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State dependent parameter model-based condition monitoring for wind turbines

Research output: Contribution in Book/Report/Proceedings - With ISBN/ISSNConference contribution/Paperpeer-review



Increasingly, offshore wind farms are being constructed in deeper water and at greater distances offshore, and comprise larger turbines. However, routine inspection and maintenance is more difficult for offshore wind turbines in comparison to those onshore. Further, devices larger than 1MW are than three times more likely to fail than turbines smaller than 500kW. Consequently, monitoring and diagnostics of wind turbines play an increasingly important role in their competitive operation.

Condition monitoring systems provide knowledge about the past and current condition of wind turbines, and are used to improve their performance, reliability and availability. The data generated by wind turbine monitoring systems can be used to obtain models of turbines operating under different conditions, and hence predict the measured output based on known inputs. A model-based condition monitoring system can be implemented by comparing actual output data with the predicted output for given input signals. Any differences between the output signals will be due to changes in the process, possibly due to the occurrence of faults.

A quasi-linear state dependent parameter (SDP) model structure is proposed in this paper to model a wind turbine. The parameters of the SDP model vary as functions of the state variables. SDP models have been used extensively as the basis of non-linear controllers; however, the research described in this paper represents the first occasion for which they have been employed for a model-based condition monitoring system.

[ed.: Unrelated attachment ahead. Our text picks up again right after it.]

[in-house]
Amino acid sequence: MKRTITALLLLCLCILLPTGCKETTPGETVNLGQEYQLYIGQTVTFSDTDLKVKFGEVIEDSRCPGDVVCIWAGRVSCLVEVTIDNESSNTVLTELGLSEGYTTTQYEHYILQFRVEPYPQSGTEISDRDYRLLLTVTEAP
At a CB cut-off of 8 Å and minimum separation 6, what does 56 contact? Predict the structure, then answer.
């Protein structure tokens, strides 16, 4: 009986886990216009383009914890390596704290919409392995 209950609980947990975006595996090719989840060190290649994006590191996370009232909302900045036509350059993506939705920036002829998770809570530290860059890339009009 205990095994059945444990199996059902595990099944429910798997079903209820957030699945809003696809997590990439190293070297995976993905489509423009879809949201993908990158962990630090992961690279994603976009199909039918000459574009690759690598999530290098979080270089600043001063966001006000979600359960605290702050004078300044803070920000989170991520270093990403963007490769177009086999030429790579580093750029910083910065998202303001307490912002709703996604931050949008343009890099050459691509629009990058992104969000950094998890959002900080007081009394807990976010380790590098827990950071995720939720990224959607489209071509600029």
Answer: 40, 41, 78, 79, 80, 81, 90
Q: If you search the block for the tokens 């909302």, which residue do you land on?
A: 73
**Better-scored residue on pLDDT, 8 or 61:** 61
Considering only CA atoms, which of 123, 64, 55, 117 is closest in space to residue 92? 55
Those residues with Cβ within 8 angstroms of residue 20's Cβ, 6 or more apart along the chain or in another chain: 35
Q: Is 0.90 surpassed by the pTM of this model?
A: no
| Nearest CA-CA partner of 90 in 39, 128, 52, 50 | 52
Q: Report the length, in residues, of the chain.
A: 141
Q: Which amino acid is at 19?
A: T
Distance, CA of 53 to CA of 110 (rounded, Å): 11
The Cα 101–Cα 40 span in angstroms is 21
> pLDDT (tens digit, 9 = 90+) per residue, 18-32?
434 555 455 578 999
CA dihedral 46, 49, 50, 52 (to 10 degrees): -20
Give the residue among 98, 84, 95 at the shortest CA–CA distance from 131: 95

In order to demonstrate the SDP model-based condition monitoring method, a simulation of a grid-connected wind turbine has been constructed using PSCAD software in the paper. A model of the relationship between wind speed and generated power is used to detect grid faults by comparing the power output data from the simulation with the predicted output for given wind speed signals. The SDP methodology is further demonstrated to detect a potential fault in the gearbox bearing of a faulty wind turbine by comparing SCADA (Supervisory Control and Data Acquisition) data from this turbine with the model prediction. An adaptive threshold for the gearbox bearing temperature has been obtained from the output predicted by the SDP model, and it is envisaged that this will form the basis of an early warning system.

It is relatively straightforward to derive SDP models off-line for deployment on-line; it is necessary only to store the current input signal and the delayed system variables, together with the arithmetic expressions required to calculate the state dependent parameters. Indeed, in comparison to artificial neural network-based models, SDP models require less computing power to implement.